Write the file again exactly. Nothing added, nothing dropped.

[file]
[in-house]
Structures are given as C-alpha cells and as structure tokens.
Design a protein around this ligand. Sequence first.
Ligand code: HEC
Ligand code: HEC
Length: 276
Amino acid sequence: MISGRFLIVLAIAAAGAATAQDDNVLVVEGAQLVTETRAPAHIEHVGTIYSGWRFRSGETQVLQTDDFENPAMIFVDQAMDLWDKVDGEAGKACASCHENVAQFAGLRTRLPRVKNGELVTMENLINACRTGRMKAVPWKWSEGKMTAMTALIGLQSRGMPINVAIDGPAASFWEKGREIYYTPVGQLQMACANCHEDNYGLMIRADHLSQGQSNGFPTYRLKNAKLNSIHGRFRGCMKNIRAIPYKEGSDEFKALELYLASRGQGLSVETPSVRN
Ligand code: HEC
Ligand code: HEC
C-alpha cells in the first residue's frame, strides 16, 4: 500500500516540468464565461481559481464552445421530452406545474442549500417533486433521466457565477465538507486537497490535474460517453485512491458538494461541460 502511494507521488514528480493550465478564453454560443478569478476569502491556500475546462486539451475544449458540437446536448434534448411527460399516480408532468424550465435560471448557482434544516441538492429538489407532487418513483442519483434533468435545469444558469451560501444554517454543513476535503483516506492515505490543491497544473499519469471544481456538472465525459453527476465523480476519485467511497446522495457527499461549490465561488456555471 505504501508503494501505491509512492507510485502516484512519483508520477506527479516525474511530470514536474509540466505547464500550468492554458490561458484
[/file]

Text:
[in-house]
Structures are given as C-alpha cells and as structure tokens.
Design a protein around this ligand. Sequence first.
Ligand code: HEC
Ligand code: HEC
Length: 276
Amino acid sequence: MISGRFLIVLAIAAAGAATAQDDNVLVVEGAQLVTETRAPAHIEHVGTIYSGWRFRSGETQVLQTDDFENPAMIFVDQAMDLWDKVDGEAGKACASCHENVAQFAGLRTRLPRVKNGELVTMENLINACRTGRMKAVPWKWSEGKMTAMTALIGLQSRGMPINVAIDGPAASFWEKGREIYYTPVGQLQMACANCHEDNYGLMIRADHLSQGQSNGFPTYRLKNAKLNSIHGRFRGCMKNIRAIPYKEGSDEFKALELYLASRGQGLSVETPSVRN
Ligand code: HEC
Ligand code: HEC
C-alpha cells in the first residue's frame, strides 16, 4: 500500500516540468464565461481559481464552445421530452406545474442549500417533486433521466457565477465538507486537497490535474460517453485512491458538494461541460 502511494507521488514528480493550465478564453454560443478569478476569502491556500475546462486539451475544449458540437446536448434534448411527460399516480408532468424550465435560471448557482434544516441538492429538489407532487418513483442519483434533468435545469444558469451560501444554517454543513476535503483516506492515505490543491497544473499519469471544481456538472465525459453527476465523480476519485467511497446522495457527499461549490465561488456555471 505504501508503494501505491509512492507510485502516484512519483508520477506527479516525474511530470514536474509540466505547464500550468492554458490561458484